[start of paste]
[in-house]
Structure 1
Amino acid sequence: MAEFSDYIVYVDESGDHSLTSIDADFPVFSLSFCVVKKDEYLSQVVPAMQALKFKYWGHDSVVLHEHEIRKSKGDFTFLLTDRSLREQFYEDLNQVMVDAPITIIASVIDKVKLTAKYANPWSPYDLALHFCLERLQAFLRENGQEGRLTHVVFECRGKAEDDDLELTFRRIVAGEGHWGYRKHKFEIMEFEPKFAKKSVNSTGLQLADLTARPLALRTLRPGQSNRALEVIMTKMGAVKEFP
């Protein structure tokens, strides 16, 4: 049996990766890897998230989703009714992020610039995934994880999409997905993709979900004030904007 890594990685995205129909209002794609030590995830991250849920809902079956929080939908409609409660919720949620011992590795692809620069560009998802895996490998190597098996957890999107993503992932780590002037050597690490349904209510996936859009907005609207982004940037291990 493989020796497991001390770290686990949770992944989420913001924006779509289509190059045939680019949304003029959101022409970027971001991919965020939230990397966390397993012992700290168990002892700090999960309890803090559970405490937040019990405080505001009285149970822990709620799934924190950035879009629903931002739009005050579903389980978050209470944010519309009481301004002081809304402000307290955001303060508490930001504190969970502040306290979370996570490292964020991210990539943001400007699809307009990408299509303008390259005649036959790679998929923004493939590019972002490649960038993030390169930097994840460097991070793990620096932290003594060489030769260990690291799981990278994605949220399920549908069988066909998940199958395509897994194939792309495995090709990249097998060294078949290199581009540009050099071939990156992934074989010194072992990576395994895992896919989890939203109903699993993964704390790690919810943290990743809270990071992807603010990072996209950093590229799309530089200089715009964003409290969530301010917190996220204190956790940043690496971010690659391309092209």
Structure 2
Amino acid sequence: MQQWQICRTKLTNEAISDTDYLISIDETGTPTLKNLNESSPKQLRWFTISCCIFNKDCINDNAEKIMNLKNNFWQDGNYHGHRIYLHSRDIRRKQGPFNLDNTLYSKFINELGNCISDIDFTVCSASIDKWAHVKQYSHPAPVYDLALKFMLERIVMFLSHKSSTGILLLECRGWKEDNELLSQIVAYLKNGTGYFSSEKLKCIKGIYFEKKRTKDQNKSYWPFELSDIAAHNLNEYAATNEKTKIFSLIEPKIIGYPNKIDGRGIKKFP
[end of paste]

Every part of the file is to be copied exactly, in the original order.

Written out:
[in-house]
Structure 1
Amino acid sequence: MAEFSDYIVYVDESGDHSLTSIDADFPVFSLSFCVVKKDEYLSQVVPAMQALKFKYWGHDSVVLHEHEIRKSKGDFTFLLTDRSLREQFYEDLNQVMVDAPITIIASVIDKVKLTAKYANPWSPYDLALHFCLERLQAFLRENGQEGRLTHVVFECRGKAEDDDLELTFRRIVAGEGHWGYRKHKFEIMEFEPKFAKKSVNSTGLQLADLTARPLALRTLRPGQSNRALEVIMTKMGAVKEFP
């Protein structure tokens, strides 16, 4: 049996990766890897998230989703009714992020610039995934994880999409997905993709979900004030904007 890594990685995205129909209002794609030590995830991250849920809902079956929080939908409609409660919720949620011992590795692809620069560009998802895996490998190597098996957890999107993503992932780590002037050597690490349904209510996936859009907005609207982004940037291990 493989020796497991001390770290686990949770992944989420913001924006779509289509190059045939680019949304003029959101022409970027971001991919965020939230990397966390397993012992700290168990002892700090999960309890803090559970405490937040019990405080505001009285149970822990709620799934924190950035879009629903931002739009005050579903389980978050209470944010519309009481301004002081809304402000307290955001303060508490930001504190969970502040306290979370996570490292964020991210990539943001400007699809307009990408299509303008390259005649036959790679998929923004493939590019972002490649960038993030390169930097994840460097991070793990620096932290003594060489030769260990690291799981990278994605949220399920549908069988066909998940199958395509897994194939792309495995090709990249097998060294078949290199581009540009050099071939990156992934074989010194072992990576395994895992896919989890939203109903699993993964704390790690919810943290990743809270990071992807603010990072996209950093590229799309530089200089715009964003409290969530301010917190996220204190956790940043690496971010690659391309092209």
Structure 2
Amino acid sequence: MQQWQICRTKLTNEAISDTDYLISIDETGTPTLKNLNESSPKQLRWFTISCCIFNKDCINDNAEKIMNLKNNFWQDGNYHGHRIYLHSRDIRRKQGPFNLDNTLYSKFINELGNCISDIDFTVCSASIDKWAHVKQYSHPAPVYDLALKFMLERIVMFLSHKSSTGILLLECRGWKEDNELLSQIVAYLKNGTGYFSSEKLKCIKGIYFEKKRTKDQNKSYWPFELSDIAAHNLNEYAATNEKTKIFSLIEPKIIGYPNKIDGRGIKKFP